NEW YORK, May 6 (Reuters) - The sharp drop in the stock market on Thursday -- if it is followed up by further declines in coming days -- may put deals and restructurings on hold as companies reassess how much they are worth and lenders take another look at the financing, experts said.
“Typically, it’s not one event that concerns us on the existing financial loans, but it can affect those that are in the process of being executed,” said Jack Williams, a bankruptcy law professor at Georgia State University.
That goes for both mergers and acquisitions -- where there is an added issue related to the companies ability to set a value on a stock-for-stock deal -- and for restructurings, he said.
The IPO, or initial public offering market, has already started to feel the effects of market uncertainty due to negative news such as Greece’s debt problems. Conglomerate Swire Pacific scrapped a $2.7 billion Hong Kong IPO by its property unit on Thursday.
The Dow Jones Industrial Average fell as much as 9 percent before ending down 3.2 percent at 10,520.32 for the day.
The drop in equities -- even after a creep back up -- is still a blow to a company’s equity value, particularly if it is followed by other declines, Williams said.
“If you have a company whose loan covenants are tied to, among other things, the market value of equities that it holds as assets, then that is going to have a detrimental affect and it would not be unusual to blow that particular asset value covenant,” Williams said.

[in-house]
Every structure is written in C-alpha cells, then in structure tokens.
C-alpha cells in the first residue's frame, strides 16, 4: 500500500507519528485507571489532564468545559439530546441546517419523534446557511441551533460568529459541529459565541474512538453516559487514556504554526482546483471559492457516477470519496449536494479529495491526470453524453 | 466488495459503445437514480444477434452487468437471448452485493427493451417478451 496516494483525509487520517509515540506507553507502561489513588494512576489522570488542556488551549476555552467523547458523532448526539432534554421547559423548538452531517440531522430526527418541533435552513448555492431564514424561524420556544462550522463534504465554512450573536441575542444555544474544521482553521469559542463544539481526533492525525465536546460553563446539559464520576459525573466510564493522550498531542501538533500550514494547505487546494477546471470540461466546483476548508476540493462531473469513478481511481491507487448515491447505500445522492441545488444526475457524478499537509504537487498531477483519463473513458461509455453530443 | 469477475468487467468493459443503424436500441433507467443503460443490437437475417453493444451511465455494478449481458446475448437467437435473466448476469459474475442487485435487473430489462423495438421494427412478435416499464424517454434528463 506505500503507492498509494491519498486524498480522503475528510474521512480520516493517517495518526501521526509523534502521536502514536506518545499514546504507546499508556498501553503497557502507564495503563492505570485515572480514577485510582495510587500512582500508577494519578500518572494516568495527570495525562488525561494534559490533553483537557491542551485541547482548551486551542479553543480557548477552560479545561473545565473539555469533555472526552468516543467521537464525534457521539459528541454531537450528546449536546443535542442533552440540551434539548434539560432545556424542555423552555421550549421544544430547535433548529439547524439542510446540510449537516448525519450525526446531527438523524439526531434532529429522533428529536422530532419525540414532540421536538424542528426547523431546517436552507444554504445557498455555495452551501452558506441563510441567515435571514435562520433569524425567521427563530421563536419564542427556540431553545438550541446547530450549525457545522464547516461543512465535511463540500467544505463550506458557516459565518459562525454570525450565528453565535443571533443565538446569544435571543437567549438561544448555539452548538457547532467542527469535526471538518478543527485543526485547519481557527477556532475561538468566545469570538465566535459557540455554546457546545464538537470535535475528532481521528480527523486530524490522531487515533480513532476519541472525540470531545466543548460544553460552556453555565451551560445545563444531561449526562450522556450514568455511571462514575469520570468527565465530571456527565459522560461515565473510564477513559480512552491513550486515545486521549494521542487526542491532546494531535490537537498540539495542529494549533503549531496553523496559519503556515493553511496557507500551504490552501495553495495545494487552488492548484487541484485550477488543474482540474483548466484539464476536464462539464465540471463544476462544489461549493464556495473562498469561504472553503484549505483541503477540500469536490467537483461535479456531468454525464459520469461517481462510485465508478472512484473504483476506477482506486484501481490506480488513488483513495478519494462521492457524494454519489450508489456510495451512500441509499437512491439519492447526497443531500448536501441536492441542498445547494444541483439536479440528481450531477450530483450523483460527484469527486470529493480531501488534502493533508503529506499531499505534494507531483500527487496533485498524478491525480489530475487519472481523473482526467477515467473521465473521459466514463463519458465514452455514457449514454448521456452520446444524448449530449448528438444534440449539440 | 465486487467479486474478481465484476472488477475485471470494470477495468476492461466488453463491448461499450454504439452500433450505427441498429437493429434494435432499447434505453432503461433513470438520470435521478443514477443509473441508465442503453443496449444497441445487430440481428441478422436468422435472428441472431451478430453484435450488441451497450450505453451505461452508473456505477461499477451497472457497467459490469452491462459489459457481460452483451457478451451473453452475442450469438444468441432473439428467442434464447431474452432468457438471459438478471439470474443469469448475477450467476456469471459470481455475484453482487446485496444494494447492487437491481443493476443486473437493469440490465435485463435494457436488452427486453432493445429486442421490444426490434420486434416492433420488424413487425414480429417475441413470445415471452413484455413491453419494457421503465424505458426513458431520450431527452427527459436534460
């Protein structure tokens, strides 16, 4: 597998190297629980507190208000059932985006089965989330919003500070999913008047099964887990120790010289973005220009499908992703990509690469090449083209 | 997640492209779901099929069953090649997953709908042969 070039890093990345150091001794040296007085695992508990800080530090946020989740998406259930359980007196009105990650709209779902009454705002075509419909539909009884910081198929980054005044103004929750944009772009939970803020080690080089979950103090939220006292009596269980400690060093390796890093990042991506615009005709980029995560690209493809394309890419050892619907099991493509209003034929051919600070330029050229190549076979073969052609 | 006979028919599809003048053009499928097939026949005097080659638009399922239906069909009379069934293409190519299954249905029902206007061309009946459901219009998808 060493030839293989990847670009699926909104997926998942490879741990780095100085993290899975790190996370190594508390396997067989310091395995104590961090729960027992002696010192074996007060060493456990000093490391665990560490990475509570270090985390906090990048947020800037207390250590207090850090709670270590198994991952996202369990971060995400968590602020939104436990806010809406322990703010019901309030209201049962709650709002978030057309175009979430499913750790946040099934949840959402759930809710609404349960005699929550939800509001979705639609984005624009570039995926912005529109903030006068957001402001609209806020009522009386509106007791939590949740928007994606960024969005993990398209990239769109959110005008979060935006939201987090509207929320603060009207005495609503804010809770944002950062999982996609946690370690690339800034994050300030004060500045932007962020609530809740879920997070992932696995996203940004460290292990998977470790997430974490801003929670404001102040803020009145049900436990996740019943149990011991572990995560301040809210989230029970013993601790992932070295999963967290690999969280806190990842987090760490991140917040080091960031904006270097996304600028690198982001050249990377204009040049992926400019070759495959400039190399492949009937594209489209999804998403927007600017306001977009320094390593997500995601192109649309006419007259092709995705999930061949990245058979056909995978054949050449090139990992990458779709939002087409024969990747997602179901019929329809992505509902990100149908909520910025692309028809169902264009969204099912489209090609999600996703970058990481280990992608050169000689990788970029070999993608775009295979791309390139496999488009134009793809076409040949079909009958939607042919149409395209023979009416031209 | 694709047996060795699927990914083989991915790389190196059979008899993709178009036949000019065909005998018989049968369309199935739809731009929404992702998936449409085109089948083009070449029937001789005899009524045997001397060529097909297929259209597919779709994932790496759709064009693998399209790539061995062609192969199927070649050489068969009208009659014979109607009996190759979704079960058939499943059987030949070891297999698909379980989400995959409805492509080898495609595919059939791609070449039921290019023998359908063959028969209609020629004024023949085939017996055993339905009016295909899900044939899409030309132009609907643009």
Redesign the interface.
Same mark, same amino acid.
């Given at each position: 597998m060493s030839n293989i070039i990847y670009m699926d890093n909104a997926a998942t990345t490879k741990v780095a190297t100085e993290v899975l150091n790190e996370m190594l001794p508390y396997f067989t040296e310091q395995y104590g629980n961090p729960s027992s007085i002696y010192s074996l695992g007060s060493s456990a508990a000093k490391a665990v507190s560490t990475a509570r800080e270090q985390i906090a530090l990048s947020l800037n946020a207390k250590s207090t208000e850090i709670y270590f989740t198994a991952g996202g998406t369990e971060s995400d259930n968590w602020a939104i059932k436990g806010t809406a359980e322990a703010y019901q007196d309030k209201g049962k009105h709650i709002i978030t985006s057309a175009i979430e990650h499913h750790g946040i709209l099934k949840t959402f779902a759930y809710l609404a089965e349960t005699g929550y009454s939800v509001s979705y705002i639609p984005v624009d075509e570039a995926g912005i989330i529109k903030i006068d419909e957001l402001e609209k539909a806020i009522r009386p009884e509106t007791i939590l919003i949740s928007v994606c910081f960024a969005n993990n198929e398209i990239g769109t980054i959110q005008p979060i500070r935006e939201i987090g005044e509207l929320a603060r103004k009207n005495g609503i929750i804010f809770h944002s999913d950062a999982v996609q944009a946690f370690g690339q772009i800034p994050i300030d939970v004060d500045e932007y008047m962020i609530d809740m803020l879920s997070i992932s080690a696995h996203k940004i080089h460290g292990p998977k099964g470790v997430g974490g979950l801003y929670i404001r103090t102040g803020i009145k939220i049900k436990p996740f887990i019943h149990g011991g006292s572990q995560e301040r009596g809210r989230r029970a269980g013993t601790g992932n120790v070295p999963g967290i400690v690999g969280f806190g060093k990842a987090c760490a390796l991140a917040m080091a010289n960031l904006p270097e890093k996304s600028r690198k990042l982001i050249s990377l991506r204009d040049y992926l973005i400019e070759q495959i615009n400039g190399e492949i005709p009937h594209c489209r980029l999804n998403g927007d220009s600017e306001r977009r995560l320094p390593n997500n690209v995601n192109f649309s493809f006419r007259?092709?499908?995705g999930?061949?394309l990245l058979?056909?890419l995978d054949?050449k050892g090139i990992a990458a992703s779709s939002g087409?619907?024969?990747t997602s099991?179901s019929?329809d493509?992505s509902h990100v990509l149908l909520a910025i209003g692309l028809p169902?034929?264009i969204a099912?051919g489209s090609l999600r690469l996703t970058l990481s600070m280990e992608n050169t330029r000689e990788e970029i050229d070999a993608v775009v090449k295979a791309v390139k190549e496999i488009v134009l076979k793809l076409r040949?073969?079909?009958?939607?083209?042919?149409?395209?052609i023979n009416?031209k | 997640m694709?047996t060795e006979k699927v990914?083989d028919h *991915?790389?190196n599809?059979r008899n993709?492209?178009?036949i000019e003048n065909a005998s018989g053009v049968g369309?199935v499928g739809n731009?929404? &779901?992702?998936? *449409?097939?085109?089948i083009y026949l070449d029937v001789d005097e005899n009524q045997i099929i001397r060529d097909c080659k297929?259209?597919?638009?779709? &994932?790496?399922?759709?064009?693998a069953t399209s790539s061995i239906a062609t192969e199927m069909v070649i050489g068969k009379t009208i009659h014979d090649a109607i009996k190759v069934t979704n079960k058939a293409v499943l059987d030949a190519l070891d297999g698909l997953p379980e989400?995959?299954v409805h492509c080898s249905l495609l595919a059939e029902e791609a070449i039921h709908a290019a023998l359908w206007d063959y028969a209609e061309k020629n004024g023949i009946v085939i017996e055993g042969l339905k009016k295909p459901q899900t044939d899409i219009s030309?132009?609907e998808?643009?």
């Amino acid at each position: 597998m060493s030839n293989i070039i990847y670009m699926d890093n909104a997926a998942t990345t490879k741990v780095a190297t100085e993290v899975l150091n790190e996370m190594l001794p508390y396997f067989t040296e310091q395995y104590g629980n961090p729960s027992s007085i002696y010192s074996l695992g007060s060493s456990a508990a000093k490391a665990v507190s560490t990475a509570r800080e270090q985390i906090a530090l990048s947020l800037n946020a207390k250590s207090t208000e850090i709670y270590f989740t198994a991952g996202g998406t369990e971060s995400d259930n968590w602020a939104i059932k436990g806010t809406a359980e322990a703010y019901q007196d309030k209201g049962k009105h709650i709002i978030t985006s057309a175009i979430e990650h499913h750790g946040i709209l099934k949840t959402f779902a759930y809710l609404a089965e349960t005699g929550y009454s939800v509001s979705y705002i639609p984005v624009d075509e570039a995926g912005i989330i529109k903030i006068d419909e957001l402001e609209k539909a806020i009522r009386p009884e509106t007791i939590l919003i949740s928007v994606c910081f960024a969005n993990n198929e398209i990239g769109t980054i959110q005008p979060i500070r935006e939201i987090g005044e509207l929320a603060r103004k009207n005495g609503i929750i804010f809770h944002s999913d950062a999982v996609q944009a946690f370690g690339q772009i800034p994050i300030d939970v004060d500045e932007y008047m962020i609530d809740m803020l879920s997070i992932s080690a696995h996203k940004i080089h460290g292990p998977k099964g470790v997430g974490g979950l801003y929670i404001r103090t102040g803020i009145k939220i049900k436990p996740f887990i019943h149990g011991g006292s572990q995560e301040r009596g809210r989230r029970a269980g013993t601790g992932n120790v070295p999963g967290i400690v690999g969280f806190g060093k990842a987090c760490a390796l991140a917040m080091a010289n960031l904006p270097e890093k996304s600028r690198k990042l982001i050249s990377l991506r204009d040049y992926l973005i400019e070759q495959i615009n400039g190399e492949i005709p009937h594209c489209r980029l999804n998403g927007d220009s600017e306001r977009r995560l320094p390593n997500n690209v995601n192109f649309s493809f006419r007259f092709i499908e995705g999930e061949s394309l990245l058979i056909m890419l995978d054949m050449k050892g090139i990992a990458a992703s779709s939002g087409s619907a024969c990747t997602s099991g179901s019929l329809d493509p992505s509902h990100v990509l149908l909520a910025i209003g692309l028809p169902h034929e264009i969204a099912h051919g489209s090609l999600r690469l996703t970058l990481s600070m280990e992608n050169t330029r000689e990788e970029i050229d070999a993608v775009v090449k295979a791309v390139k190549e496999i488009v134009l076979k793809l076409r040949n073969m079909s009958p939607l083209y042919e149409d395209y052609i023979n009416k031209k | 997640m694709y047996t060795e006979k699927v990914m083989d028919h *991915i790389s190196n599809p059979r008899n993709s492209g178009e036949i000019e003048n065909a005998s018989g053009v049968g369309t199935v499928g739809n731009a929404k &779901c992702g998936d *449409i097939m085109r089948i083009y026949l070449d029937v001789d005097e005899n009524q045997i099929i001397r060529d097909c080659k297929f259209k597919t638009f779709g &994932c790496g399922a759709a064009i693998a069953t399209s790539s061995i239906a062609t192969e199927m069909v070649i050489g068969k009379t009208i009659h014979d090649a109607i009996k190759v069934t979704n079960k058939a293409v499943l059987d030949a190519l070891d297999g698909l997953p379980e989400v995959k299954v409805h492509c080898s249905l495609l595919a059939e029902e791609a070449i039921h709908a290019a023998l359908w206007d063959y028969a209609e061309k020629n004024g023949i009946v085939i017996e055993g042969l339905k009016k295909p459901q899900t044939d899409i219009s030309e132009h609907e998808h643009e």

One mergers and acquisitions banker said that it would take more than one day to have a negative effect.
“One bad day does not kill a deal. A prolonged stretch of bad days could, but one day does not a disaster make,” he said.
Another banker said that deals already signed up would be solid and unlikely to fall apart.
“If it isn’t signed, maybe,” the banker said.
Both bankers declined to be named because they were not authorized to speak on the topic.
The unexpected drop -- coming at a time when the markets had been expecting recovery -- could create more bankruptcies as it introduces uncertainty to companies that are already in financial distress and looking for new financing.
“If this represents a return of risk adversity to the debt markets, there are lots of U.S. companies that might face Chapter 11. In the past few months, the return of the junk bond market has saved many companies from going into bankruptcy, we’ll have to see if that has ended,” said Stephen Lubben, a professor of law at Seton Hall University School of Law by e-mail.
Additional reporting by Jessica Hall and Megan Davies